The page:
No matter what happens at this year’s Emmys, there is going to be a new comedy series winner. With triple reigning champion “Veep” temporarily out of the picture — it didn’t air new episodes during the eligibility window — and perennial favorite “Modern Family” squeezed out for the first time since its premiere in 2010(!), every nominated comedy has a real chance of grabbing its first top prize.
It’s an exciting prospect, and not just because it’s always more fun to see something new win. It’s a rare treat in this particular category, where voters tend to choose a favorite and stick with it for at least a few years in a row.
A closer look at the wildly different nominees in this category reveals the directions in which scripted comedy has been going, with one notable exception. Despite bigger network investment in multi-camera sitcoms lately, no multi-cam shows were nominated in this category for the first time in more than 50 years. Otherwise, however, this year’s nominated comedies make the genre’s diverse and creatively exciting evolution crystal clear.
The most obvious split among the eight nominees (the most in Emmy history) is between the newcomers and the repeats. ABC’s “Black-ish” is back for the third year in a row, HBO’s “Silicon Valley” returns for its fifth and Netflix’s “Unbreakable Kimmy Schmidt” snuck in right under the qualifying wire to land its fourth consecutive nom in the category. In a bit of a twist, HBO’s “Curb Your Enthusiasm” landed its eighth series nomination after Larry David resurrected the show from the seeming dead for season nine.
But none of these returnees are ultimately surprises, having established themselves among voters as solid favorites.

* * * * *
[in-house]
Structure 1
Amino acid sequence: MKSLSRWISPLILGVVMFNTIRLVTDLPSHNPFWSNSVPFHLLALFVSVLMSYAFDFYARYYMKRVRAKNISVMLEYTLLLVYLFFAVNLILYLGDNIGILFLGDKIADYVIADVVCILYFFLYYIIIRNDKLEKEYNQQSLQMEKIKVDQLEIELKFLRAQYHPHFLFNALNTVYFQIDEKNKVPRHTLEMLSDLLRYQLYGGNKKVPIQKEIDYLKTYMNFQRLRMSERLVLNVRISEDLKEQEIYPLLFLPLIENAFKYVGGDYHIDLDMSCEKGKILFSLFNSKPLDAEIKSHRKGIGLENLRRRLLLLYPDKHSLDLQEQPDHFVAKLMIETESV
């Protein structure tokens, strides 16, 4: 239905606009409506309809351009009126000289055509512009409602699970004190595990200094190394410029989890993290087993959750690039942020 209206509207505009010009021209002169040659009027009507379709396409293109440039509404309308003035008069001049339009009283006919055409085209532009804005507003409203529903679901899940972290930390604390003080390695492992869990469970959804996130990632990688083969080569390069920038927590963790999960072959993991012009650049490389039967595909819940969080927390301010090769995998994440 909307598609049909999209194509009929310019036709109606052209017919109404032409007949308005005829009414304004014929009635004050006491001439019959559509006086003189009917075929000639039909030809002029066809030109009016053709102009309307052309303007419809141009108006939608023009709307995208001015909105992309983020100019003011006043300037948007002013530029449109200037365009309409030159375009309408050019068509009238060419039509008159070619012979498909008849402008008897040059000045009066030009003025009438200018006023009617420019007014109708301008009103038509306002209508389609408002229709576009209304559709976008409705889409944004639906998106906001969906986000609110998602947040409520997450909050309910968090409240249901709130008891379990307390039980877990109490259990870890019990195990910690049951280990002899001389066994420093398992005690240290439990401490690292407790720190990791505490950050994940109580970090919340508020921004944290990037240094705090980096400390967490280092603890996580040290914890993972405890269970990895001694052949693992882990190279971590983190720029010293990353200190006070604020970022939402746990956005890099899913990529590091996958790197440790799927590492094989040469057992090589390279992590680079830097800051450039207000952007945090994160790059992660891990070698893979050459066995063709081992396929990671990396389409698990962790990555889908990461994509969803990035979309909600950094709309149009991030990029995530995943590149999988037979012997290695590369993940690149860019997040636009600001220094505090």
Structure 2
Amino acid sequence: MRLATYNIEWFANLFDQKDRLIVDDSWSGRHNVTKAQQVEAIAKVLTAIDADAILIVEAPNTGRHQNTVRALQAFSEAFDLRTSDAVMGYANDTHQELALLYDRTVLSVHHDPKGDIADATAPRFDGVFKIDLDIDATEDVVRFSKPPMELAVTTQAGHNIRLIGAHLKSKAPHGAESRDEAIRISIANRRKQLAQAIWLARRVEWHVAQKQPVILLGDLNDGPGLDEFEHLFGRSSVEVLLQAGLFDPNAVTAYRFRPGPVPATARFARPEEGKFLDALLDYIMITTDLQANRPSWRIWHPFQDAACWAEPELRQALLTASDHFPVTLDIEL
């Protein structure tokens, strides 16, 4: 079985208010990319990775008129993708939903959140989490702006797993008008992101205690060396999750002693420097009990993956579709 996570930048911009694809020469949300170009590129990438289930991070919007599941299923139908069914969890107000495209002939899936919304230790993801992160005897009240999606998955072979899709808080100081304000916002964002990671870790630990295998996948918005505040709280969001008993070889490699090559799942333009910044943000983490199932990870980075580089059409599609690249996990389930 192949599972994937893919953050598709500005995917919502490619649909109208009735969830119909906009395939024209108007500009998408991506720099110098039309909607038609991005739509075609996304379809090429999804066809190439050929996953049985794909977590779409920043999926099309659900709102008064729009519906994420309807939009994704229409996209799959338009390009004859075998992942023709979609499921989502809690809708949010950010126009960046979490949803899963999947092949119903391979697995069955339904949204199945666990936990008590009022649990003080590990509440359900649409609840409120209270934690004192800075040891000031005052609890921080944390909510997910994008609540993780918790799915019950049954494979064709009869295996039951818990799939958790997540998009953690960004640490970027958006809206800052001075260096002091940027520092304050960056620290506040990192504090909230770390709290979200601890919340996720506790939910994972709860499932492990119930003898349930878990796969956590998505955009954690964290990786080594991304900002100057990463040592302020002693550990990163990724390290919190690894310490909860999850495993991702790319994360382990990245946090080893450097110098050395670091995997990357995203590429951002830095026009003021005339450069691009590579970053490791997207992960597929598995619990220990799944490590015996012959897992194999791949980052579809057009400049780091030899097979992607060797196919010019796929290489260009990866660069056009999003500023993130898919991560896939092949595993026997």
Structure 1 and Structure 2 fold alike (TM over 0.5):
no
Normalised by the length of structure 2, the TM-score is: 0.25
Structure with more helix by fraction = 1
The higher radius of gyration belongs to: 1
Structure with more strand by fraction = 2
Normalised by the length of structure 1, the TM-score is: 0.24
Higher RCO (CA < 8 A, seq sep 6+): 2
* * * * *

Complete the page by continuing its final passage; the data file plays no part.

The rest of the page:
The new kids on the block are all critically-lauded comedies that couldn’t be more different from each other.
There’s Netflix’s “GLOW,” an action-packed ’80s comedy that leans on its stellar female ensemble to sell everything from slapstick to pathos. Amazon’s “The Marvelous Mrs. Maisel” is another period piece, but focuses on the wildly disparate worlds of Upper West Side propriety and the Lower East Side stand-up scene. HBO’s “Barry” spotlights co-creator Bill Hader in a pitch black comedy about an assassin trying to make right.
And while FX’s “Atlanta” is technically a returnee, an Emmy nomination for its purposefully disorienting “Robbin’ Season” feels less like a reward for an old favorite than recognizing a genre-smashing show that continues to challenge voters’ very perceptions of what a TV series can do.
Together, these new nominees in particular show how some of TV’s most daring choices are being made in the scripted comedy genre. This is where networks — most especially streaming and cable, as evident in this year’s list of nominees — have invested in creators who have distinct, unique visions of what they can do with TV if they can have the room to get a little weirder with it.
What’s more, they have all succeeded exactly because they all bend the TV rulebook to fit their inventive needs.
So what’s going to win? The safest bets are on “Maisel” and “Atlanta,” both of which burst out the gate brimming over with creative energy. But again: take a look at those two shows and consider just how incredible it is that they both exist and excel in this new age of TV. What could be more representative of today’s thrilling creative prospects than that?